So where is the free money? From the example I shared, it still looks like I paid $184 for my loan. While technically that is true, you have to look at what the negative points covered. On page 2 of the loan estimate, A, B, C and D are all costs of getting a loan (which is why they are helpfully called Loan Costs). On the contrary, E, F, G and H are mostly expenses that everyone has to pay when buying a house. Even if I bought a house with cash, I would have to pay:
- Recording fees / transfer taxes (E)
- Insurance premiums (part of F and G)
- Property taxes (G)
- Inspection and title insurance (I)
In my example, these fees associated with buying a home added up to $4,650. Again, even if I paid cash for my house, I would still pay this $4,650. So while I technically did pay $184 in “closing costs”, in reality, the lender actually paid me $4,650 for a 4.125% loan with negative points instead of a 3.875% loan with zero points.
Now the only additional cost to factor in is the difference between my interest payments between my negative point loan and the zero point loan. In my case, that difference worked out to be ~$200/month, meaning that my negative point rate was going to cost me $200/month more in interest. As long as I could refinance to a better loan in ~23 months, I would be making more money with this set up than with just going with the zero point loan to start.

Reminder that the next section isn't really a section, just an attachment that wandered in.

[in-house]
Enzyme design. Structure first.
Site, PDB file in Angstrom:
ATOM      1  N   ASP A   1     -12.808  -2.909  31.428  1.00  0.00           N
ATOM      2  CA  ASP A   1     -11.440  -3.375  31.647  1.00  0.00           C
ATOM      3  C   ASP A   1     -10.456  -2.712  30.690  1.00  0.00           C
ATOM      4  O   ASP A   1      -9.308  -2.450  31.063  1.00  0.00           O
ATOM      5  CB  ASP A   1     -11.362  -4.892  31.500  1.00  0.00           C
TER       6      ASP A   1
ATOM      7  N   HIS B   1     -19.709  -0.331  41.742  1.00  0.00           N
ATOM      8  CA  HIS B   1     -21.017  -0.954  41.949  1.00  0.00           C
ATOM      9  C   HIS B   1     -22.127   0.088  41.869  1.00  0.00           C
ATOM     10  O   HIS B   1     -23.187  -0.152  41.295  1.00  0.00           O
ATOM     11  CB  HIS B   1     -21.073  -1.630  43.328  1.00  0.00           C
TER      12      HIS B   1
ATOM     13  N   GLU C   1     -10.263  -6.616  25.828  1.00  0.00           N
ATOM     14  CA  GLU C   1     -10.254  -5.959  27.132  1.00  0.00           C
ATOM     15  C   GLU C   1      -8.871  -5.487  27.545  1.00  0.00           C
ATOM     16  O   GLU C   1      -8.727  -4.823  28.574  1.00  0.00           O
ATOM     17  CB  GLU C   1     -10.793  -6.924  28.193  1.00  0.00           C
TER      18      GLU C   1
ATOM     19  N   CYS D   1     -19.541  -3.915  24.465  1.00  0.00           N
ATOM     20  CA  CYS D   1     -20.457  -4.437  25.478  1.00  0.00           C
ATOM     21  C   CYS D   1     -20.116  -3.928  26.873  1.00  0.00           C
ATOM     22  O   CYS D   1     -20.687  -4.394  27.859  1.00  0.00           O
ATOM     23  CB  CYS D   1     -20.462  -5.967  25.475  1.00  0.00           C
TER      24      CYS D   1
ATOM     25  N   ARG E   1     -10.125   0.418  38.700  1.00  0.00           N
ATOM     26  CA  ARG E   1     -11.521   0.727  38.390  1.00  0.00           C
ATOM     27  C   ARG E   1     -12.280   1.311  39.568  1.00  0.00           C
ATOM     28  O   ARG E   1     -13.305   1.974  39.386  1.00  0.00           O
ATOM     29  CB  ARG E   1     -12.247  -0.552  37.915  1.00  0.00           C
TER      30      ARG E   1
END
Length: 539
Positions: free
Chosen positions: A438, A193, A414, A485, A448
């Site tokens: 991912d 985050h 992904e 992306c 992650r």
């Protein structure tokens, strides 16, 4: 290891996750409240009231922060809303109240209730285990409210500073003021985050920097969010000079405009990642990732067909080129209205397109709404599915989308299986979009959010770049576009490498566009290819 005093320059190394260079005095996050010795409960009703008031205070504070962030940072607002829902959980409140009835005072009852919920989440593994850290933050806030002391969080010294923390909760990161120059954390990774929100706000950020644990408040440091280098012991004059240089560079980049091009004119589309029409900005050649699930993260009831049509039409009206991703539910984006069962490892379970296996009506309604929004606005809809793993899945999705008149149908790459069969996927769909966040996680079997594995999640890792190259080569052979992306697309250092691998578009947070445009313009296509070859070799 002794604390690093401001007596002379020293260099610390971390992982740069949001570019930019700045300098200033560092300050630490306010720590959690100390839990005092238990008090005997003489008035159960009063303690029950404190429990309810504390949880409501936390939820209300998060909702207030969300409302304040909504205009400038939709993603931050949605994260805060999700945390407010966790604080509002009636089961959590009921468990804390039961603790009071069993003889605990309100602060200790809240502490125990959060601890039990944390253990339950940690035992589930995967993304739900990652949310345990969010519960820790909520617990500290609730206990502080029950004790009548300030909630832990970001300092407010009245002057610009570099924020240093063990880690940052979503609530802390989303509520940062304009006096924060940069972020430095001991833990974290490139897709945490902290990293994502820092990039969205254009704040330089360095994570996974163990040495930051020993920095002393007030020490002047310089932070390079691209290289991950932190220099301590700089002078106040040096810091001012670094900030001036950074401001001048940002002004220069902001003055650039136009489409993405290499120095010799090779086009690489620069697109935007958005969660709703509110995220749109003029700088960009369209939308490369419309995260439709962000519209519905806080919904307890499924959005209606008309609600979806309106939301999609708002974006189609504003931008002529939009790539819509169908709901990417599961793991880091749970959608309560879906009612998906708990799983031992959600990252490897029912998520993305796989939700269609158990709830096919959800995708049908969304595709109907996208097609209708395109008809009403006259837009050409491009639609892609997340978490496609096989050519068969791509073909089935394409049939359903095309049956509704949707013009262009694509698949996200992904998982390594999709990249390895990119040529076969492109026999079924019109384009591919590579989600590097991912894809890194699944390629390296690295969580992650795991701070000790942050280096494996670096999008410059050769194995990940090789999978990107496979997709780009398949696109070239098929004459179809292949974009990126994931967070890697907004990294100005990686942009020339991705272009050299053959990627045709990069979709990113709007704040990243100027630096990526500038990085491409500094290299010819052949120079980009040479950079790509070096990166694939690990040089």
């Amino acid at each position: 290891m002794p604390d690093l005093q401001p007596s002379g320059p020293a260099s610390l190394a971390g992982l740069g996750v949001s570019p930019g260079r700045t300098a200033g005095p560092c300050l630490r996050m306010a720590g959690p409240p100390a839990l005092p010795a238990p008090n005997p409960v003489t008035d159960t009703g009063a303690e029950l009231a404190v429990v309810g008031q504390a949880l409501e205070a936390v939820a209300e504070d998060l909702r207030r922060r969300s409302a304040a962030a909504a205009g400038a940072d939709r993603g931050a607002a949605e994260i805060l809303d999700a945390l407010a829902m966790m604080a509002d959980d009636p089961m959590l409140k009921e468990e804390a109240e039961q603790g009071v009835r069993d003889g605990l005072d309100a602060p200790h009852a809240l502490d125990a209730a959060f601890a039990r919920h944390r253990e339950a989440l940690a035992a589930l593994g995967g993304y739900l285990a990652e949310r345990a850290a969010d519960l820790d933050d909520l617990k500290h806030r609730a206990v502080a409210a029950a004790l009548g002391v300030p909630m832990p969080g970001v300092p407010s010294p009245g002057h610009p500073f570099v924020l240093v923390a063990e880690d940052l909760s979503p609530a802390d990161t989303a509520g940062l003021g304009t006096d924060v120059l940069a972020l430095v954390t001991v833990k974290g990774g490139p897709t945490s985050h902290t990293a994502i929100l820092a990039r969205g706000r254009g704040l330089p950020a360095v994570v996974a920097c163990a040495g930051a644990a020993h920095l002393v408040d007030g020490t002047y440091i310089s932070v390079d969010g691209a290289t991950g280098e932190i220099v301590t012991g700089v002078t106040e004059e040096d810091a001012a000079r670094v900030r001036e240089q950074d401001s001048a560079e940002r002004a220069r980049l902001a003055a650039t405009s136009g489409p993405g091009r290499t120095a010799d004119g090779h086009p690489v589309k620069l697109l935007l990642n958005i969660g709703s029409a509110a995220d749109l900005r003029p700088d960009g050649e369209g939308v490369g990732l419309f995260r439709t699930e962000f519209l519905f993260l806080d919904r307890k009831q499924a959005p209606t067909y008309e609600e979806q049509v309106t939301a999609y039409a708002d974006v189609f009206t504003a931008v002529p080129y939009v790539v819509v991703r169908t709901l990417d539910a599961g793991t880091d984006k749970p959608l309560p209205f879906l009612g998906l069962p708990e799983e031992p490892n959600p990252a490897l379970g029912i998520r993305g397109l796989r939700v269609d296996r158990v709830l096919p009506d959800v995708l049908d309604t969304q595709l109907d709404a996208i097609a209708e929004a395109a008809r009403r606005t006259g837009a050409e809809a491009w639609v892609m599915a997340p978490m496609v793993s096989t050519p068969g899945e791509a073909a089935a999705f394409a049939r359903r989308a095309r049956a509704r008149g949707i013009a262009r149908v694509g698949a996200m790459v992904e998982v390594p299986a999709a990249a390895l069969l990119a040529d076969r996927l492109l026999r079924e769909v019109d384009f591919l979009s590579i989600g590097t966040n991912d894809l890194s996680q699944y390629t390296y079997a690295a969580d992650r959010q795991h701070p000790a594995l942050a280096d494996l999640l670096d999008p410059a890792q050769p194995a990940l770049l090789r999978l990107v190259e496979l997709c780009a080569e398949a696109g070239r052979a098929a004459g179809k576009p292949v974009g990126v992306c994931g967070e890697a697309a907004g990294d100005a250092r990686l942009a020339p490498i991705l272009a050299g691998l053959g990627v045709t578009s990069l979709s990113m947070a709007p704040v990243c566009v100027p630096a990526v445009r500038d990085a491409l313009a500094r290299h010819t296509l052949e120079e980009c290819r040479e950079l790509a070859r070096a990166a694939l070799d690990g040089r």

Step 3: Close on your “free” mortgage
Once you’ve found the right mortgage product that gives you the closest negative points to match your settlement costs, the next step is to close on the loan. This works the same as any other mortgage closing & home buying process, except you don’t need as much money for your down payment because the lender is paying for all your loan fees + the other costs associated with buying a home even without a loan.
Step 4: Refinance!
Now that you’ve closed on your loan and reaped the thousands of dollars in benefits from your lender, you can immediately begin the process of refinancing. In my case, as I mentioned above, I had already selected my second lender to use for the refinance, Third Federal. As soon as I closed on my loan, moved into my house, and received the paperwork from my lender (~1 month after closing) I put in my application to refinance with Third Federal.
While Third Federal provided a great loan, they did take a loooong time to complete the refinance. I ended up holding my 4.125% loan for ~6 months, which knocked about $1,200 off my initial $4,650 in savings. This left me with a net payout of $3,450 from my first lender (thanks Chase!).
So there you have it – using this strategy you should be able to get your lender to pay your transfer taxes, homeowners insurance, and a bunch of other fees that you’ll incur when buying a house. Note that this strategy works even better if you can pay cash for a house – simply complete steps 1-3, then instead of refinancing in step 4, immediately pay off the loan. If I had the cash to buy my house outright, I could have saved nearly the full $4,650. It’s definitely bizarre to think that you can make money by financing a house even if you have cash and then immediately pay it off, but it actually works out that way.
Happy mortgage hacking!